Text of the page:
It's Not Too Late...Probably
They say the best reason for studying history is that it helps you see that the future is still a work in progress. And your new book—The Death and Life of the Great American School System—is an important step toward moving forward. Your clarity and quiet passion, I'm happy to say, are now not directed at me!
The title is brilliant. My first reaction was that, like the Jane Jacobs-titled classic on the American city, it suggests a golden past. (The cover helps.) But public (and private) education never had such a past. And, it's not enough to say that it served its purposes, but we have new ones. The purposes you and I have in mind were never well served by public education. It didn't provide the kind of intellectual, social, and political power to "the people" that good education should. It wasn't even invented to include most of them, and at the time of my birth even white males were just beginning to drop into high school, much less drop out!
But on second glance I realized both you and Jacobs reversed the order! It changes the entire picture. It both resonates with the fear so many have about the dream we held for public education, and its promise, and offers hope, not despair. You have pulled the dream and reality together and turned it into a good and provocative story.
I wince a bit over your critique of my colleague Tony Alvarado, to whom I owe so much. He was open-minded and supportive of passionate teachers who, with a few colleagues, wanted to do something different. He had a kind of blind respect, alongside a properly skeptical trust, for the people who worked with and for him. Unfortunately, he discovered "the truth"—the one best method, the right practice—during his years in New York's District 2 and thought it could be imposed in San Diego. He made the same mistake that another nice guy, Arne Duncan, is making.
Your discussion of choice, of course, also had me a bit nervous—since it's one of those essentials I saw/see as key. But it was just one part of a larger strategy. Smallness made it easier for students to become better "known" by adults and for adults to become better known by their students and above all by their colleagues. Not better known as buddies and pals—but for their work. It thus made it more reasonable, it seemed to me, to put more responsibility into the hands of the faculty. It made it more reasonable to hold the faculty responsible as a community to put together strategies that would help the actual students in front of them solve the actual problems facing them. I knew that smallness could also become a management strategy for monitoring productivity, which is why most factories and armies are also broken into smaller units.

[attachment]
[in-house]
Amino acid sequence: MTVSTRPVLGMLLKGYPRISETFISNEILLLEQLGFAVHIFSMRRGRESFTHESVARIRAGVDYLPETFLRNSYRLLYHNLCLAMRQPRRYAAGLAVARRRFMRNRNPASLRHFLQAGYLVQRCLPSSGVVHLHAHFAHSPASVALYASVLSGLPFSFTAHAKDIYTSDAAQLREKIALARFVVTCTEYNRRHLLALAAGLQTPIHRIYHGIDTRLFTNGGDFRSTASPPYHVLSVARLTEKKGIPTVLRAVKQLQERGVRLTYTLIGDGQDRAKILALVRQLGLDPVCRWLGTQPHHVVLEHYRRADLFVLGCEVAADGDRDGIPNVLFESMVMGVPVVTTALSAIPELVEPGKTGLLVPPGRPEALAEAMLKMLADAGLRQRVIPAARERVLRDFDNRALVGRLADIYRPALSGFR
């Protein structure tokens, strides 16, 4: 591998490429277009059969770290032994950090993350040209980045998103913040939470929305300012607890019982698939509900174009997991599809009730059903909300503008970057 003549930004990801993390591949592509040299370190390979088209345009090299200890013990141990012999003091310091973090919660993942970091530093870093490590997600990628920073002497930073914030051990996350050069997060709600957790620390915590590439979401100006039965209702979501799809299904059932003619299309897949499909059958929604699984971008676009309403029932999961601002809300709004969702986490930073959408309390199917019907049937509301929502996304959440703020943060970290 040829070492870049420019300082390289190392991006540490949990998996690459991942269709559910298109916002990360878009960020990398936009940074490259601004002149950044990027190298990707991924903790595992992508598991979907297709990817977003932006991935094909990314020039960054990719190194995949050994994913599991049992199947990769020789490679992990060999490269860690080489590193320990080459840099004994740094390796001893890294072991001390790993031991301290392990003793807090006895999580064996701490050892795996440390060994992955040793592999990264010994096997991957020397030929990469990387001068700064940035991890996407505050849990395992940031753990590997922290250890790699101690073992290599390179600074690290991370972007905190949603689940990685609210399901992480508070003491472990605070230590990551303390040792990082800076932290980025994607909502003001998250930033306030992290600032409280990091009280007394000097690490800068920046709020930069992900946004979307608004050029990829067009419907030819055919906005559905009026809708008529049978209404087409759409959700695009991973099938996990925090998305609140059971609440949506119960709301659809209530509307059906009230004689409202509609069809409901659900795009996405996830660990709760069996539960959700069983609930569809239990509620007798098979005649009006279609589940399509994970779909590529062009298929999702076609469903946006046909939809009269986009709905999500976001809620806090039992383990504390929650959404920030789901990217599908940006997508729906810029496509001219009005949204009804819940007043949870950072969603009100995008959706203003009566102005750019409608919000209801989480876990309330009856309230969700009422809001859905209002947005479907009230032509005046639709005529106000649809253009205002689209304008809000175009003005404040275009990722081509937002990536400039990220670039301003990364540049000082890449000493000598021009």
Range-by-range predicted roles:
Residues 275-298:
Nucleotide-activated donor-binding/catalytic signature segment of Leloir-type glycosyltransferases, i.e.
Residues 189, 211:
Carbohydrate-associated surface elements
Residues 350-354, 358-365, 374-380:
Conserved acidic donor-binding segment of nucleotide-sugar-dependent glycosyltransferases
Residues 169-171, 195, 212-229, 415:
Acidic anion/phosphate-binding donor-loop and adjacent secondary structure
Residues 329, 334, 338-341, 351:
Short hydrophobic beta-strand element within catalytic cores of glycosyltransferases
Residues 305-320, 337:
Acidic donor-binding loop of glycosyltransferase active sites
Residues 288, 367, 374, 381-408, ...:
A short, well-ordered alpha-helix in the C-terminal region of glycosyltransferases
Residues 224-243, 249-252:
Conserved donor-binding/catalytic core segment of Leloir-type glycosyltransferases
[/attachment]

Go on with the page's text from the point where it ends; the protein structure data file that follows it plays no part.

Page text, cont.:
But I warned the Gates Foundation people 20 years ago, that if we weren't careful the next big fad would be big schools. I saw choice as a necessary component of smallness—if it were to serve democracy. Any group of adults who get together to create something for which they are prepared to take responsibility will design something anywhere from slightly different to very different from the work of their colleagues down the hall. And if such schools were going to be coherent and cohesive units, they could not do so if only one of the three constituencies (parents, students, school staff) had choice and voice.